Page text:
A team of researchers from the St Vincents Campus in Sydney have developed a novel way to control the extreme weight loss, common in late stage cancer, which often speeds death.
The findings, published in Nature Medicine, suggest it may soon be possible to prevent this condition, giving people the strength to survive treatment and improve their chances of recovery.
The team of researchers from the Centre for Immunology at St Vincents Hospital and the University of New South Wales and the Garvan Institute of Medical Research have shown that most common cancers produce large amounts of a molecule known as MIC-1, which in turn targets receptors in the brain that switch off appetite. Antibodies against MIC-1, already developed by St Vincents, make it possible to switch appetite back on.
Conversely, when normal and obese mice are treated with MIC-1, they eat less and lose a lot of weight, suggesting that MIC-1 may also form the basis of a treatment for severe obesity.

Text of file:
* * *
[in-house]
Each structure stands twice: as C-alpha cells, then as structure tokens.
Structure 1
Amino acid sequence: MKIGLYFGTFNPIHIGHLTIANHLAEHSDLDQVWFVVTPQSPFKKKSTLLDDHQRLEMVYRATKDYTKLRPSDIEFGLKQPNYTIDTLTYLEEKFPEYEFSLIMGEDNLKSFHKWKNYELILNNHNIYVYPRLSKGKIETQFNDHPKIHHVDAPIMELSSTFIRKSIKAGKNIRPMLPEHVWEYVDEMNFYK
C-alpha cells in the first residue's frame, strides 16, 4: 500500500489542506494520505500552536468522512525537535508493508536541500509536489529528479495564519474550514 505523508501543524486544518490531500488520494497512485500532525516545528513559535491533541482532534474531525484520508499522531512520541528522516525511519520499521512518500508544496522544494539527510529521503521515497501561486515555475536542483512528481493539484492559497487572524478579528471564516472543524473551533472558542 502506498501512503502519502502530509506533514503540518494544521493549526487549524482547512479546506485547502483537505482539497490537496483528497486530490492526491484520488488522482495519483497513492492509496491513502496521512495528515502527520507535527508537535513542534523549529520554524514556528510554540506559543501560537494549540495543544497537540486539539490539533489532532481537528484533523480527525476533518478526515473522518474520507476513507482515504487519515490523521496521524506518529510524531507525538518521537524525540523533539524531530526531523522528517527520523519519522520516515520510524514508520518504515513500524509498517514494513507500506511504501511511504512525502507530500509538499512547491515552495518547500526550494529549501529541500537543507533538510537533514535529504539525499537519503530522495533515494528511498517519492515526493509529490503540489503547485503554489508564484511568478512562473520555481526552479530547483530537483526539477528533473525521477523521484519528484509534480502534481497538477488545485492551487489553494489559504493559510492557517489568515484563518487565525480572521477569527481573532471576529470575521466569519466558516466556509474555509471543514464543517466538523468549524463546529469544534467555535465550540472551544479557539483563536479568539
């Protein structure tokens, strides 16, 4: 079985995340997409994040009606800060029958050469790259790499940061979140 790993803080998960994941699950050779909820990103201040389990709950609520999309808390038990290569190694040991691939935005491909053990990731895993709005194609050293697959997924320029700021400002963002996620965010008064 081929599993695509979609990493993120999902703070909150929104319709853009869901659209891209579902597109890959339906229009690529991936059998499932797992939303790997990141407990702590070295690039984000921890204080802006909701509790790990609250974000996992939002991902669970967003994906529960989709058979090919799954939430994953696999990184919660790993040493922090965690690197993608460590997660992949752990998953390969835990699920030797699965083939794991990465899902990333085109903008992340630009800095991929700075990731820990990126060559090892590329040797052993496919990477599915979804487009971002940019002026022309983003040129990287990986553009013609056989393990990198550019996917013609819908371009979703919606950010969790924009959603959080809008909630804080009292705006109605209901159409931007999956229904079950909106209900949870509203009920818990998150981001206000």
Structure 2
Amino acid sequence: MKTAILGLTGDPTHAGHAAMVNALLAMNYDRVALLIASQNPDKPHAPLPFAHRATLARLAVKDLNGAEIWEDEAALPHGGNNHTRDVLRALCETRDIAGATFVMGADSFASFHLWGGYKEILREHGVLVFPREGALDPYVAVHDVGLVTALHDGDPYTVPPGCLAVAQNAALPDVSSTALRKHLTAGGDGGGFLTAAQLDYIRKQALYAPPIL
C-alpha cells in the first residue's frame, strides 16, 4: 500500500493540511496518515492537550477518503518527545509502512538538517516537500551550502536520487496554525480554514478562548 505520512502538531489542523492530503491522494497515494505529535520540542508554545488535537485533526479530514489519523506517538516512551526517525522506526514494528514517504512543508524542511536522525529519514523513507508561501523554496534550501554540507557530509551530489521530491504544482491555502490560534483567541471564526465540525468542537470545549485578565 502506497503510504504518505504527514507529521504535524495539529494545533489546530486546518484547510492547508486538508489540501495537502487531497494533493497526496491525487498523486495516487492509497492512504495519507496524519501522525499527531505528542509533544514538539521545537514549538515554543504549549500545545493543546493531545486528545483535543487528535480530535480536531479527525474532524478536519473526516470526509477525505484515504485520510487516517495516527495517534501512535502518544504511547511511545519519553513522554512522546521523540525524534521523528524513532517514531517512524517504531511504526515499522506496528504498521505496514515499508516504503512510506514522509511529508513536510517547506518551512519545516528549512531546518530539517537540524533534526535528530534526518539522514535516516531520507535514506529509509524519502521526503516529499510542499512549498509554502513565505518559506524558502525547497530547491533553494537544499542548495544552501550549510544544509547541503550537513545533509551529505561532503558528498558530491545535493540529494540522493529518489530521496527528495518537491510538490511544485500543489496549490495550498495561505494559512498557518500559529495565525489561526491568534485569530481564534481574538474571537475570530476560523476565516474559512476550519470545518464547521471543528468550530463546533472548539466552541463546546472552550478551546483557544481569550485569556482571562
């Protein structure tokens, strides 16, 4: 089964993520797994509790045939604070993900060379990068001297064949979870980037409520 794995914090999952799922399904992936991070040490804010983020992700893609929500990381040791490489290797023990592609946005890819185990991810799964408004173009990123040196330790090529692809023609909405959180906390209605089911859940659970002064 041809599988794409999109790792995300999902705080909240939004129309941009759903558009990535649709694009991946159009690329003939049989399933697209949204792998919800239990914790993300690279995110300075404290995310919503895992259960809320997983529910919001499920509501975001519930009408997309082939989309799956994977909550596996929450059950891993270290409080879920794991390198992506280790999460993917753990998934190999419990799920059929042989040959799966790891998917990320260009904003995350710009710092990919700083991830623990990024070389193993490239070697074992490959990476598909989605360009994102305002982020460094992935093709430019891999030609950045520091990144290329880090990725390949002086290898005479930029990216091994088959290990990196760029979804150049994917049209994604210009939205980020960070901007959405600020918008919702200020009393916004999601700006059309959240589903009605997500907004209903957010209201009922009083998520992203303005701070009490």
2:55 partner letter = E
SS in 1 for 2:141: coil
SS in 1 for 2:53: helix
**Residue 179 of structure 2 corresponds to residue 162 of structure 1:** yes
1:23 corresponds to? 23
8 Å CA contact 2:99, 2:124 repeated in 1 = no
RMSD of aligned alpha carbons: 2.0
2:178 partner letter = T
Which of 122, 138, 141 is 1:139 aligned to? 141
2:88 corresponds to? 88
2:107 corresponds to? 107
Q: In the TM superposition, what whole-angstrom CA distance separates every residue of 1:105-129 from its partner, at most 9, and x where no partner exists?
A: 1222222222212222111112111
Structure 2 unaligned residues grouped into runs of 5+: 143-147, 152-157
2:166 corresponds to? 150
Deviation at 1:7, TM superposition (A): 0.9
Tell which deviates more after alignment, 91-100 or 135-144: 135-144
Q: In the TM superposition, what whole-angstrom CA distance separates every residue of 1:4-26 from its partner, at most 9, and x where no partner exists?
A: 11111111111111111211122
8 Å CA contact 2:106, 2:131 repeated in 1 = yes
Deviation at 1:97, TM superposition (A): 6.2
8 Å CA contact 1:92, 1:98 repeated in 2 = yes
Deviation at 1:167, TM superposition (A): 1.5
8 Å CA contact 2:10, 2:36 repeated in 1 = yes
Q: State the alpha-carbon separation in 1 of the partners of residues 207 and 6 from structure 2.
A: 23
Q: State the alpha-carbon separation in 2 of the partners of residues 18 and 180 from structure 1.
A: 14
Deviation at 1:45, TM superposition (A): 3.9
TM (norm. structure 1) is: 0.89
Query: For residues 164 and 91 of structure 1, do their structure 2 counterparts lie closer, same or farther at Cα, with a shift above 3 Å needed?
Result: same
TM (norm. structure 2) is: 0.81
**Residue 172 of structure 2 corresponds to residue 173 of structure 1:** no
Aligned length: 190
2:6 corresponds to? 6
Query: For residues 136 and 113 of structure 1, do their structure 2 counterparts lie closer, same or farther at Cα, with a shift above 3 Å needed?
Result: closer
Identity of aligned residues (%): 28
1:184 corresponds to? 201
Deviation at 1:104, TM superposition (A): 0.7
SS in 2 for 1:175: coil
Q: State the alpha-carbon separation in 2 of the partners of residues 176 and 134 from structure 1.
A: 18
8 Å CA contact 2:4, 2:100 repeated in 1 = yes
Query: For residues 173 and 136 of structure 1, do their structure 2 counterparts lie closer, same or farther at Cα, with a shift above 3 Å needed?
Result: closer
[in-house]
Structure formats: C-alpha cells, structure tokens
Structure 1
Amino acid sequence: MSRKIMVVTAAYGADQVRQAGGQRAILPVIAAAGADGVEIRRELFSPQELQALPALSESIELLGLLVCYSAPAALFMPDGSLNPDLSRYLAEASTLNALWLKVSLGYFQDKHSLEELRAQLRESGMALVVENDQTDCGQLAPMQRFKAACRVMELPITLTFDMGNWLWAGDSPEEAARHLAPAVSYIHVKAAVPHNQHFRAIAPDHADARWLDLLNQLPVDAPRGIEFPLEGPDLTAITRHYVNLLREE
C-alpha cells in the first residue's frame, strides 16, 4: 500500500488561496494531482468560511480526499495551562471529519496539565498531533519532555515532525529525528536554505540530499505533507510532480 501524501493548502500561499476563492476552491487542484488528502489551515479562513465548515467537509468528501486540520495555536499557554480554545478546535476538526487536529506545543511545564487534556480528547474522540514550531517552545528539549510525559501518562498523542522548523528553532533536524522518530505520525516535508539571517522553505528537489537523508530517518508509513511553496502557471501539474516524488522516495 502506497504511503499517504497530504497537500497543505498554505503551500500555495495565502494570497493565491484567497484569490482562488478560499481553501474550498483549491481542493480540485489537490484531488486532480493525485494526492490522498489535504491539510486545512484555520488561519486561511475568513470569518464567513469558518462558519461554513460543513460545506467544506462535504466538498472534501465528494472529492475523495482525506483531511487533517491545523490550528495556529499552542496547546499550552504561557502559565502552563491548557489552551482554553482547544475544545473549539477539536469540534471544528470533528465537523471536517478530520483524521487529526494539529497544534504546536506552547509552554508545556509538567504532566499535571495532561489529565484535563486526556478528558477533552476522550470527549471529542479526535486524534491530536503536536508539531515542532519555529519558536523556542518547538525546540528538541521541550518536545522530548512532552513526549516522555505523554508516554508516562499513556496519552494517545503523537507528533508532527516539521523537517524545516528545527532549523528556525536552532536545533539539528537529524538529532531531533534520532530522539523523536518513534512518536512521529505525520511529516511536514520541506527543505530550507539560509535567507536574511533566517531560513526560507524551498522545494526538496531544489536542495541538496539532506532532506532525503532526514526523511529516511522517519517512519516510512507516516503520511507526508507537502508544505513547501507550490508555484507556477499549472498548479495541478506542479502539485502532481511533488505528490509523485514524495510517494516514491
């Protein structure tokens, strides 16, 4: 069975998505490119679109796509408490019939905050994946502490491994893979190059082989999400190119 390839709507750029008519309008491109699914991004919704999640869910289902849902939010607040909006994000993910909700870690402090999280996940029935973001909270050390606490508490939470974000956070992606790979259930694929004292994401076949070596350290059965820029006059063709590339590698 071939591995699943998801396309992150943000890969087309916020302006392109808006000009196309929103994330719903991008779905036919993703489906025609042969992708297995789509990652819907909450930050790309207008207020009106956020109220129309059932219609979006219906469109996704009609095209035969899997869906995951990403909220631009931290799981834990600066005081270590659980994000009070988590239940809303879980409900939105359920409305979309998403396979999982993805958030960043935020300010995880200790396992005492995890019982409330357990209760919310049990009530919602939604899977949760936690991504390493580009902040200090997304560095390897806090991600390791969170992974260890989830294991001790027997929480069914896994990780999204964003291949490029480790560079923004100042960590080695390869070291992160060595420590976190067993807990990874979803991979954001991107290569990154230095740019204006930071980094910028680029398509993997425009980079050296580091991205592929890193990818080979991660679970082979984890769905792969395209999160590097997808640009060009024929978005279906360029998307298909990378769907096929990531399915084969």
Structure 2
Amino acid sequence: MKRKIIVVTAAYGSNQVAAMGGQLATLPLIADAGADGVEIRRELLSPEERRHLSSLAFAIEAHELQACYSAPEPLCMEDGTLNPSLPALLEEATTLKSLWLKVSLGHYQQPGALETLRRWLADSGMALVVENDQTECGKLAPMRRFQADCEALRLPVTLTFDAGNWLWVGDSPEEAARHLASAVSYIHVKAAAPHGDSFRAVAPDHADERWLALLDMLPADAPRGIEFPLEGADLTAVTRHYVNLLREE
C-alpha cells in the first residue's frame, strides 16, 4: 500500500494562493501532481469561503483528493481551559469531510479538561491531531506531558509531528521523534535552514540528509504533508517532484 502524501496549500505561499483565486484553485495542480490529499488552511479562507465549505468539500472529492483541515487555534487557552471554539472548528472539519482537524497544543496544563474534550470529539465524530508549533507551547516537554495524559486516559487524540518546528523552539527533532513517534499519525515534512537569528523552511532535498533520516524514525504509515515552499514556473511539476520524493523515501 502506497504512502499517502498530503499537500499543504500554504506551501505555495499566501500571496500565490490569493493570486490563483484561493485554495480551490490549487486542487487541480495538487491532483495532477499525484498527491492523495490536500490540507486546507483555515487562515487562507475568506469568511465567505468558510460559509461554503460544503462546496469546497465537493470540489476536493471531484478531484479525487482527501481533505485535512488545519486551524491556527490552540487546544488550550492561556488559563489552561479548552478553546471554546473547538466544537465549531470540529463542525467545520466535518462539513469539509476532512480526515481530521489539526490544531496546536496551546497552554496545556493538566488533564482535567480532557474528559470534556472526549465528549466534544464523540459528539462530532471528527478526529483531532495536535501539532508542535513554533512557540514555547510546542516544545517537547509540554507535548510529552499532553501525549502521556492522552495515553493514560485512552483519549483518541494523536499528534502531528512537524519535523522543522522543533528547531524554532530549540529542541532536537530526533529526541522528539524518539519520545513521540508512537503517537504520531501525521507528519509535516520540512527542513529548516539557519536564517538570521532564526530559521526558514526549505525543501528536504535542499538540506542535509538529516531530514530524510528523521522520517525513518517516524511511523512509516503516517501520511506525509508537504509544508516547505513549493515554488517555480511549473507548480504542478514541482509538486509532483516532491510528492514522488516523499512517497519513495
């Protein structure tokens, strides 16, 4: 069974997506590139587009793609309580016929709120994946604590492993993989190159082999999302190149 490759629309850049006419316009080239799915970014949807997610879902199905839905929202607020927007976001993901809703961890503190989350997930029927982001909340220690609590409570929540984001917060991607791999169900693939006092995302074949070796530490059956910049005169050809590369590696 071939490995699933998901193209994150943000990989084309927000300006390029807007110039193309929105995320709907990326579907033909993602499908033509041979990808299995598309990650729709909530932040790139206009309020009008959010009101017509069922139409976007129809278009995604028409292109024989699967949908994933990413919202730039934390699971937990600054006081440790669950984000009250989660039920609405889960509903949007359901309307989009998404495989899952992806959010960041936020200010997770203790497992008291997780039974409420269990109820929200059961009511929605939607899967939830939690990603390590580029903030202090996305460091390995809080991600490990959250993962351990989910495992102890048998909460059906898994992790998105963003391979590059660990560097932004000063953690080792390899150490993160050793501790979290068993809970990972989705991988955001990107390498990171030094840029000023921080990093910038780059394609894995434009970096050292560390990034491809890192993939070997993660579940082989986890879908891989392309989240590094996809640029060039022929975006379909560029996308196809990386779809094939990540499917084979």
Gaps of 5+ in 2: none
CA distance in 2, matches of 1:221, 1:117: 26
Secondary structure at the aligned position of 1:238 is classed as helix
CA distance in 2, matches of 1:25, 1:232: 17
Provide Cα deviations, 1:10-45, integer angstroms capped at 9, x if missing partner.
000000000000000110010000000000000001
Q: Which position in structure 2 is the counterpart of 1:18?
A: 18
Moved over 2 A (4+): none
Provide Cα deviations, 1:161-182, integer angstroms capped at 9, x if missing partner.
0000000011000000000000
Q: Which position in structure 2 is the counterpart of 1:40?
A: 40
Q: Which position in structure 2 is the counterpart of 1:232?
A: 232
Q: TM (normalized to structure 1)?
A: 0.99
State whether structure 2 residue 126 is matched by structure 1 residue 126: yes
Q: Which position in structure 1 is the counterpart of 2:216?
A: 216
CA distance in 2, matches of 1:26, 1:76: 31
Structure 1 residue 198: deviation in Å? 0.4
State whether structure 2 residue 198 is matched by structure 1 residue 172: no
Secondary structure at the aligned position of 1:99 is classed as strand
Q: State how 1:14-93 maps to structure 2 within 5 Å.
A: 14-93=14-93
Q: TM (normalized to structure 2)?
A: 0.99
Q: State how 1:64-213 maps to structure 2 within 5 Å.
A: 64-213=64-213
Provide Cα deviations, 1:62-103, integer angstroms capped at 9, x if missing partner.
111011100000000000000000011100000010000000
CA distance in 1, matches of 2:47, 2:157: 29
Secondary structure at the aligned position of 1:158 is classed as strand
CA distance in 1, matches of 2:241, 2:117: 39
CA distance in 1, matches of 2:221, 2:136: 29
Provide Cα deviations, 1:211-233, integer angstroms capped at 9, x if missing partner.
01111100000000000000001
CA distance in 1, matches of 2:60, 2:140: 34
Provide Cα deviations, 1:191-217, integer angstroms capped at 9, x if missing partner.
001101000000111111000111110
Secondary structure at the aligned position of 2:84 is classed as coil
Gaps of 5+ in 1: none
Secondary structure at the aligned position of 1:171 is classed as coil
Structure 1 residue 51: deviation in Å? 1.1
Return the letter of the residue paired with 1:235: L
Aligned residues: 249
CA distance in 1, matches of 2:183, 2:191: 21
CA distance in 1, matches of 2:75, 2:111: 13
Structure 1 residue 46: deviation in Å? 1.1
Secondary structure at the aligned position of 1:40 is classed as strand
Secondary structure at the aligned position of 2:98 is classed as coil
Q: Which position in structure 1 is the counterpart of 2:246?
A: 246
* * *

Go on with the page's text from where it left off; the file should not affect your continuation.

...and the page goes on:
Professor Sam Breit at the Centre for Immunology originally cloned the MIC-1 gene. He discovered that blood levels of MIC-1 were high in many patients with advanced cancers, and correlated this with the extreme weight loss seen in these patients.
In a collaboration with Professor Herbert Herzog, Director of the Neuroscience Research Program at Garvan they then analysed the effect of this molecule on metabolism and the brain control of appetite.
This work has given us a better understanding of the part of the brain that regulates appetite. Our bodies send complex chemical signals to our brains, which interpret them and send back responses, in this case eat or dont eat. Our research indicated that MIC-1 is a previously unrecognised molecule sending a dont eat signal to the brain, said Professor Herzog.
The study showed that if a human cancer making a lot of MIC-1 is grafted onto a mouse, that mouse lost weight dramatically. When the researc
|Contact: Susi Hamilton|
University of New South Wales